Silverstein has started the process of educating lawmakers about Google Glass. A team from Google came this week to meet with the Senate transportation committee and demonstrate their product.

“As far as the legislation, I think it’s a bit premature right now and I think the company, Google, would say they are still developing it and making adjustments on it. So we will see what the end product is and take a look at the legislation,” said Rushville Democratic Sen. John Sullivan, who is on the committee. 

“I don’t think it’s too early” Silverstein said. He said that the widespread use of cellphones while driving illustrates the risk of being distracted by gadgets while behind the wheel. He said that the fact that some drivers are constantly checking their phones indicates that the would be using Google Glass to do the same things, such as texting or reading emails, while driving.

Biss said that lawmakers who want to make sure that new technology is being used in a safe way that protects privacy must do so within a system that is designed to move at a deliberate pace. “Technology is changing incredibly fast right now and we have a legislative process that is designed to be sort of slow. So we have this challenge of how do you react nimbly and quickly to these unbelievable, rapid and radical technological changes in a way that it is consistent with the work things out, talk things through (and) think things over approach of legislation.”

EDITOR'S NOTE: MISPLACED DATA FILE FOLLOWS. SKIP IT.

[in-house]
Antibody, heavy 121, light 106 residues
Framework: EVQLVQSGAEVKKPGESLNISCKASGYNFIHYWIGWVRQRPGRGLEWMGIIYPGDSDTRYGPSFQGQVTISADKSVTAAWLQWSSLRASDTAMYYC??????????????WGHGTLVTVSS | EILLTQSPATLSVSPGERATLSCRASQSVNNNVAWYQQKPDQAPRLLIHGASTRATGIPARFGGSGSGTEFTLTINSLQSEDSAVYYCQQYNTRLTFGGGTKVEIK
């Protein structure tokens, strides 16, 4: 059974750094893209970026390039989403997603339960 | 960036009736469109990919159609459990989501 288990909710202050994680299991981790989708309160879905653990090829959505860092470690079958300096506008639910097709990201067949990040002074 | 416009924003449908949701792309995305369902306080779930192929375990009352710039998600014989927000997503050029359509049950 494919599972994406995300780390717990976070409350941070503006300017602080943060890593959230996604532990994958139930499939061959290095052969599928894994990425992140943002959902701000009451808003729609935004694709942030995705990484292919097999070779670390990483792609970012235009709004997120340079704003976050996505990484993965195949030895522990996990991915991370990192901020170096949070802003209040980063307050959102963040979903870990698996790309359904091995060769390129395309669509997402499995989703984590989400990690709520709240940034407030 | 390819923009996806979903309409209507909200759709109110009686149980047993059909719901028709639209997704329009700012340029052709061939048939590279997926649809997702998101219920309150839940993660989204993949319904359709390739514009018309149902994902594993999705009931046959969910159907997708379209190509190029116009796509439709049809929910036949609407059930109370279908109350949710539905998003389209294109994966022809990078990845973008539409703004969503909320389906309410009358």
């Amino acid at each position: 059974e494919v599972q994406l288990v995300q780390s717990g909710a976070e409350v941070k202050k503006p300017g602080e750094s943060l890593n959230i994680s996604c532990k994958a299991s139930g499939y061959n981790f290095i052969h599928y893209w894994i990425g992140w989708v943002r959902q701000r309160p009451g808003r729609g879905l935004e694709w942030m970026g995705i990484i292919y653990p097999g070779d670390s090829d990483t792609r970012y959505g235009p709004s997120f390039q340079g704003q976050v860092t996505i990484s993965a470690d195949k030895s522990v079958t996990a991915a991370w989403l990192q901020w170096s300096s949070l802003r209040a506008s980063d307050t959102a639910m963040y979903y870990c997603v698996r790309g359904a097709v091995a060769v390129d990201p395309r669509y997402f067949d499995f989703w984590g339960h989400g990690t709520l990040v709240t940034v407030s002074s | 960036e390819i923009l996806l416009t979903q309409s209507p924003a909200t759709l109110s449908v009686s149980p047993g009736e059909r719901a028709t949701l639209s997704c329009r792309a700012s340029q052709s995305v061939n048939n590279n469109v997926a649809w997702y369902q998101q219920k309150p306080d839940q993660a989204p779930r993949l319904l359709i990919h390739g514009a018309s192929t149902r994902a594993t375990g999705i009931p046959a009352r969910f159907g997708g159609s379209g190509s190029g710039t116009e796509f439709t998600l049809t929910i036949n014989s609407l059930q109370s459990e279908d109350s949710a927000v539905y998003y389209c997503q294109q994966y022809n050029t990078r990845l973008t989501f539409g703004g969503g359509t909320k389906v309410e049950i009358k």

Although SB 2636 does not seem to be moving forward in the spring legislative session, the issue is unlikely to go away. Those who felt that it is too soon to ban them behind the wheel agreed that as more people use Google Glass and competing products hit the market, it is possible that the General Assembly would weigh in with regulations.